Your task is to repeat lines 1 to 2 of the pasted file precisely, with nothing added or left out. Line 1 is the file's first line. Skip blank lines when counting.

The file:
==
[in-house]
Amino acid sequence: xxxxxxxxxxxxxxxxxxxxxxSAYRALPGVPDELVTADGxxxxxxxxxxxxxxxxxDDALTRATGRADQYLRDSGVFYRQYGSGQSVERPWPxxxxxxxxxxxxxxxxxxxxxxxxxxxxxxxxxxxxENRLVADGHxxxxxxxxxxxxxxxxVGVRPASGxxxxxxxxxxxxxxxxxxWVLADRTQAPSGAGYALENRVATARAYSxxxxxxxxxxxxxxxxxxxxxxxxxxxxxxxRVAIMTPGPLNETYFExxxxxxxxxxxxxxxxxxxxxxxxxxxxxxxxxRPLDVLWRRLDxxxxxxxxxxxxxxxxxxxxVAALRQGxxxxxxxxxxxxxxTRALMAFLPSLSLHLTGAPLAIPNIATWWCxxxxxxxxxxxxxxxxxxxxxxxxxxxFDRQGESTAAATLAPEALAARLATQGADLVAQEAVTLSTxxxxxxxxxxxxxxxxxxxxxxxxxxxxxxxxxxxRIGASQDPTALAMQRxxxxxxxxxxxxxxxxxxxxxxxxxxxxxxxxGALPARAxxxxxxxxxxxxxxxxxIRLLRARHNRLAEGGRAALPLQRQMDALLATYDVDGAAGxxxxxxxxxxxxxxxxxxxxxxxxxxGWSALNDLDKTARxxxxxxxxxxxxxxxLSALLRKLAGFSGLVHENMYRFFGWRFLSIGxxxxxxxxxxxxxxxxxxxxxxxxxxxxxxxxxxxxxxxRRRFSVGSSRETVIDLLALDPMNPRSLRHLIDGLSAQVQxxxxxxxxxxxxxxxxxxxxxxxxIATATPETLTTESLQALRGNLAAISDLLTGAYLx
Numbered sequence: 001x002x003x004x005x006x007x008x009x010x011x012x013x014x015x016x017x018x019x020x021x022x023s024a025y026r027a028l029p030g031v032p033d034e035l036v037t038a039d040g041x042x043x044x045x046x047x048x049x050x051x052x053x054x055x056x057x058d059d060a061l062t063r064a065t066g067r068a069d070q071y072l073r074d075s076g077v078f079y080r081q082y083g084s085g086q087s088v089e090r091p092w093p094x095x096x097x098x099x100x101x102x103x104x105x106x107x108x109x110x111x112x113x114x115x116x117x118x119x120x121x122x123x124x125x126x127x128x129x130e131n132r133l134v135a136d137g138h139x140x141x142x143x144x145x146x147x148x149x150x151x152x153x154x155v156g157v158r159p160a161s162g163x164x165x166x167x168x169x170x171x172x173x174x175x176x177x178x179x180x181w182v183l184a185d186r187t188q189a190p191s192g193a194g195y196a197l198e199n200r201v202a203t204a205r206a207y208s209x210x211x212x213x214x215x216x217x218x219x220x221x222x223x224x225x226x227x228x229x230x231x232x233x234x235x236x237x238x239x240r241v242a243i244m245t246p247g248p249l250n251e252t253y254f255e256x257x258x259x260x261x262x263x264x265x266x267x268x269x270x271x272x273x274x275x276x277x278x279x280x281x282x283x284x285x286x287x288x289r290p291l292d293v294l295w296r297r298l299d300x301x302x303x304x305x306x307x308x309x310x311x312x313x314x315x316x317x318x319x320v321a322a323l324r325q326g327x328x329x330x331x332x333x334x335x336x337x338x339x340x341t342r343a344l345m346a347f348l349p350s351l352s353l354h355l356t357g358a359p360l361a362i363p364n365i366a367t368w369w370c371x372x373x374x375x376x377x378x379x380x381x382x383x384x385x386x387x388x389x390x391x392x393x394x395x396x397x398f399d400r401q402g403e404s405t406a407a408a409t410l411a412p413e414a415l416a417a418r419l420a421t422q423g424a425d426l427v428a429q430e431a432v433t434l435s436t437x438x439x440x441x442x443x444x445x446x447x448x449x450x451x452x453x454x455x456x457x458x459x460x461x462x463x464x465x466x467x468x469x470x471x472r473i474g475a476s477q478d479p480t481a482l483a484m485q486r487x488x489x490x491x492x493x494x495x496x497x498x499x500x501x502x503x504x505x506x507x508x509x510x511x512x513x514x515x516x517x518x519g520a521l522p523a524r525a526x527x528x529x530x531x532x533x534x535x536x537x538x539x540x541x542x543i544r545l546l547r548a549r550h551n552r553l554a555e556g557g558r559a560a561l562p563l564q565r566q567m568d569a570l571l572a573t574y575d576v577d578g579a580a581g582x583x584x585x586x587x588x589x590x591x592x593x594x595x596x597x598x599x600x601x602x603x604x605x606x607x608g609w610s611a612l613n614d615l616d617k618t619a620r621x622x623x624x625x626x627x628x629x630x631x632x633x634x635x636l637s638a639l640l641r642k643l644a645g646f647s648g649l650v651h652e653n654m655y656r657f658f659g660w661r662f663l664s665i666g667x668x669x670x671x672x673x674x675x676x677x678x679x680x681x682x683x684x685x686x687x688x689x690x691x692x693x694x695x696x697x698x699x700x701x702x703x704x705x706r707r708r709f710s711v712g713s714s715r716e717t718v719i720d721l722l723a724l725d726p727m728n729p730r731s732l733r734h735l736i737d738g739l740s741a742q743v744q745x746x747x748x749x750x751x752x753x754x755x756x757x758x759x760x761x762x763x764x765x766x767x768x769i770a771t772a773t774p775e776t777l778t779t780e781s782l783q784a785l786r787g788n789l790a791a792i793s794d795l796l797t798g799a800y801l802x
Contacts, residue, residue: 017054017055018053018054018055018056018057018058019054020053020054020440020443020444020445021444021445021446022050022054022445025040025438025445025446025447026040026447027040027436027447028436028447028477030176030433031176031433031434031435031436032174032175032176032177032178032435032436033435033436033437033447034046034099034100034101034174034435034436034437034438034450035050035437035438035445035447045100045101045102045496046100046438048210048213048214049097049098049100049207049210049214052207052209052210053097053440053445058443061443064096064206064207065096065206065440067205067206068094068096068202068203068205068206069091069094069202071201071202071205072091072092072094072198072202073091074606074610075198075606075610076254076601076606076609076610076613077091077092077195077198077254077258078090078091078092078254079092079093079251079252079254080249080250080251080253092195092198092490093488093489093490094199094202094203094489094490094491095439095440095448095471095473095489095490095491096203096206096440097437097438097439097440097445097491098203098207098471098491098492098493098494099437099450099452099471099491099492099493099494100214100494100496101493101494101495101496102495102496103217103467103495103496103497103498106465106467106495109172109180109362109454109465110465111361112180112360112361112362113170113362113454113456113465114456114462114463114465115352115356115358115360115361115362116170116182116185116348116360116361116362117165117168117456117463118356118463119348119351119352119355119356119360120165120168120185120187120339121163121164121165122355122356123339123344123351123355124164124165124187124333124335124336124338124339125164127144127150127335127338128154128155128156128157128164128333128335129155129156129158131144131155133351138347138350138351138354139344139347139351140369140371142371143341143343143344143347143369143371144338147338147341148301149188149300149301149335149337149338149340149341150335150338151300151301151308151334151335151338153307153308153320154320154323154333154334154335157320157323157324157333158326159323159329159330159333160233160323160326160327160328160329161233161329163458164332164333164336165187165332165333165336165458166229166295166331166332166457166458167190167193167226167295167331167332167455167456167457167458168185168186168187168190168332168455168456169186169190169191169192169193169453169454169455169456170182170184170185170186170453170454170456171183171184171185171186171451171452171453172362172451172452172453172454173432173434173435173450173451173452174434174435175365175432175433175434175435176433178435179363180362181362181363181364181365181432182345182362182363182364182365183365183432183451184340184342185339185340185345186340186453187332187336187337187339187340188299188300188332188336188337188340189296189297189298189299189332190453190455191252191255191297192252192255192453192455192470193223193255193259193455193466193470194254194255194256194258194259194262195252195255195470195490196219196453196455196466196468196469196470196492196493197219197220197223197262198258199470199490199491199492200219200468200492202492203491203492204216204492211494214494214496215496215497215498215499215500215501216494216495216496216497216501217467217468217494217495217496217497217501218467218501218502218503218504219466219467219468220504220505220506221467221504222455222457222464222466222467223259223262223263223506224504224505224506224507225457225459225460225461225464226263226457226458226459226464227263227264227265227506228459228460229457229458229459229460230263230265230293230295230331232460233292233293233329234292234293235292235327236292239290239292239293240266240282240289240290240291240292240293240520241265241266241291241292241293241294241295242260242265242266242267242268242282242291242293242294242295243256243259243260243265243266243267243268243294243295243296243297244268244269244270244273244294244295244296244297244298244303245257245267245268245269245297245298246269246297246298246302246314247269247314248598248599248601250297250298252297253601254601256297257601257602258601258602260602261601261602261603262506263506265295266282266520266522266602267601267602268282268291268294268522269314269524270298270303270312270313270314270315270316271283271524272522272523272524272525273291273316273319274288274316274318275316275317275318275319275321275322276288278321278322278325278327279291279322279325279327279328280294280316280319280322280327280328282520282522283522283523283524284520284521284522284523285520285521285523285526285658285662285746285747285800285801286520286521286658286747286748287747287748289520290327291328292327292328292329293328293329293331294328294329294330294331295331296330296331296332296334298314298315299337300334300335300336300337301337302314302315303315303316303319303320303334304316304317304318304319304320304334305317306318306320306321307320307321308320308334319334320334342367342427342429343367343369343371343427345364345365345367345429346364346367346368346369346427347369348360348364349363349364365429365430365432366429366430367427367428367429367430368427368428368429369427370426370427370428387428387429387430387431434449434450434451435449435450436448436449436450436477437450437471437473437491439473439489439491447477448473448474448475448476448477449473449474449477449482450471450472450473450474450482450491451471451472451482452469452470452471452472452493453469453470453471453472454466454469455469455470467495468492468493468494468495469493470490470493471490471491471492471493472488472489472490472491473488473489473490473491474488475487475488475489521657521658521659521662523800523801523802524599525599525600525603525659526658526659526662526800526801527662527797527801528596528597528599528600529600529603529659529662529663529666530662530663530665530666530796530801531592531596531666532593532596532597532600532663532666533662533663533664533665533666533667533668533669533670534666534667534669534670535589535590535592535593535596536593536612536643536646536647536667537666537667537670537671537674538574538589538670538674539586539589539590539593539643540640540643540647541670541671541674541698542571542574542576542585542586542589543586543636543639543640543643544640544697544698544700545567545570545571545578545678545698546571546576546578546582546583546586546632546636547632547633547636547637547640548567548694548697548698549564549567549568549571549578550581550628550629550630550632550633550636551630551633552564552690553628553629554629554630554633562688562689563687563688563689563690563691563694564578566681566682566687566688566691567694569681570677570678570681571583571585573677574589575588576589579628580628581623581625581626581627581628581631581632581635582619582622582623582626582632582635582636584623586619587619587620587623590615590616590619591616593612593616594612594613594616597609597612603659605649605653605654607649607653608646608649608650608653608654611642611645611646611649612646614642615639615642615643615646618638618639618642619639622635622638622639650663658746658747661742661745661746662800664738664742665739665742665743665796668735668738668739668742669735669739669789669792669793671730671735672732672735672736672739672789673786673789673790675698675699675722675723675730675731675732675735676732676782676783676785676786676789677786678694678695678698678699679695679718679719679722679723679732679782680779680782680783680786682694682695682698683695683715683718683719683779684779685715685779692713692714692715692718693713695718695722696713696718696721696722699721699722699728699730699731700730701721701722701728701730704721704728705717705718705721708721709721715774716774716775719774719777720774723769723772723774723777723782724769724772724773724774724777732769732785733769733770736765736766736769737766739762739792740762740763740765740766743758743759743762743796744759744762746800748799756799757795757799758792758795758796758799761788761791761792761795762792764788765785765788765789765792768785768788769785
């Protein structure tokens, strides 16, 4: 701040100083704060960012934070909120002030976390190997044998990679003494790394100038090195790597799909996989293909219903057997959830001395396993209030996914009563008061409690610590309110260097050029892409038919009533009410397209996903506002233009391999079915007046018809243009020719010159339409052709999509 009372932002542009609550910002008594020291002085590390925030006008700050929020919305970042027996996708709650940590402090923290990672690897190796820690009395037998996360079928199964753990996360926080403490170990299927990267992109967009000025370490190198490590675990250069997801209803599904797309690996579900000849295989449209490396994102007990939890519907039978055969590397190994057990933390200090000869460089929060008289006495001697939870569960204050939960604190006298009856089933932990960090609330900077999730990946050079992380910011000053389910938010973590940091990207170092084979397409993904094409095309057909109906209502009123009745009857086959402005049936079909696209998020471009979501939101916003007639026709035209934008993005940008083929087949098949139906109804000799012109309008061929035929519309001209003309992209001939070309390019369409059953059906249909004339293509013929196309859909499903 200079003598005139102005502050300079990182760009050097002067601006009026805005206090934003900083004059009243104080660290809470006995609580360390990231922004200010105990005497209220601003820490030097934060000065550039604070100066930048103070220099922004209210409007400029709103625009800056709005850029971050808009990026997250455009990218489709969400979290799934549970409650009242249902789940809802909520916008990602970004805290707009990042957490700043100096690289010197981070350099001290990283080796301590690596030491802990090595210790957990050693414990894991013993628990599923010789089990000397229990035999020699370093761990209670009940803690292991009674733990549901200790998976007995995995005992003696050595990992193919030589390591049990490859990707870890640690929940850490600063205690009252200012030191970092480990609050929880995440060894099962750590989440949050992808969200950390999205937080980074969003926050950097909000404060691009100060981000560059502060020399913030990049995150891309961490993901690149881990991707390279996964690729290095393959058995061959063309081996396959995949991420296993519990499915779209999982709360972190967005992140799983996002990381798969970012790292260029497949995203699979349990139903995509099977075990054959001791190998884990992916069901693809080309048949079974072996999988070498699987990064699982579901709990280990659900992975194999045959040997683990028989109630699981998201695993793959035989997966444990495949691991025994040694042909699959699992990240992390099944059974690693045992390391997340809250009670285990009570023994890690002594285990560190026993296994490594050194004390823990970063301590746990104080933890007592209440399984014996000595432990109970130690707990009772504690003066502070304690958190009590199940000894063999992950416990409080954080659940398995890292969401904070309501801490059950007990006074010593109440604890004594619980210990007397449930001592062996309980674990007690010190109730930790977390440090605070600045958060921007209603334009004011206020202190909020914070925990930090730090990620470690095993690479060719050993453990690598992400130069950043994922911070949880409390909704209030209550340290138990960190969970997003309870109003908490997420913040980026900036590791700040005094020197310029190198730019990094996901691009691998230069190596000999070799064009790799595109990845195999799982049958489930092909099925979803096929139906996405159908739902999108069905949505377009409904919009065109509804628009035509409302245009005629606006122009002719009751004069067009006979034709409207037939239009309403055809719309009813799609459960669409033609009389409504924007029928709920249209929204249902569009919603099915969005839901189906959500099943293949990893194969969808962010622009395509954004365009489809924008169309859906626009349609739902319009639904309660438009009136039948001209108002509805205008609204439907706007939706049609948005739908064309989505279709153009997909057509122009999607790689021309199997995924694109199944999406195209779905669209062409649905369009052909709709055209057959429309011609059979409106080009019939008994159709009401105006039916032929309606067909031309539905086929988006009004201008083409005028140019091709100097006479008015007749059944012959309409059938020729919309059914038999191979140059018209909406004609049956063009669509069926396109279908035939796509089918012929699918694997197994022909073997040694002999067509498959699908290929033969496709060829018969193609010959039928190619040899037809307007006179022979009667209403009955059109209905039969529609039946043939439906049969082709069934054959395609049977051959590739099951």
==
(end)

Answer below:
[in-house]
Amino acid sequence: xxxxxxxxxxxxxxxxxxxxxxSAYRALPGVPDELVTADGxxxxxxxxxxxxxxxxxDDALTRATGRADQYLRDSGVFYRQYGSGQSVERPWPxxxxxxxxxxxxxxxxxxxxxxxxxxxxxxxxxxxxENRLVADGHxxxxxxxxxxxxxxxxVGVRPASGxxxxxxxxxxxxxxxxxxWVLADRTQAPSGAGYALENRVATARAYSxxxxxxxxxxxxxxxxxxxxxxxxxxxxxxxRVAIMTPGPLNETYFExxxxxxxxxxxxxxxxxxxxxxxxxxxxxxxxxRPLDVLWRRLDxxxxxxxxxxxxxxxxxxxxVAALRQGxxxxxxxxxxxxxxTRALMAFLPSLSLHLTGAPLAIPNIATWWCxxxxxxxxxxxxxxxxxxxxxxxxxxxFDRQGESTAAATLAPEALAARLATQGADLVAQEAVTLSTxxxxxxxxxxxxxxxxxxxxxxxxxxxxxxxxxxxRIGASQDPTALAMQRxxxxxxxxxxxxxxxxxxxxxxxxxxxxxxxxGALPARAxxxxxxxxxxxxxxxxxIRLLRARHNRLAEGGRAALPLQRQMDALLATYDVDGAAGxxxxxxxxxxxxxxxxxxxxxxxxxxGWSALNDLDKTARxxxxxxxxxxxxxxxLSALLRKLAGFSGLVHENMYRFFGWRFLSIGxxxxxxxxxxxxxxxxxxxxxxxxxxxxxxxxxxxxxxxRRRFSVGSSRETVIDLLALDPMNPRSLRHLIDGLSAQVQxxxxxxxxxxxxxxxxxxxxxxxxIATATPETLTTESLQALRGNLAAISDLLTGAYLx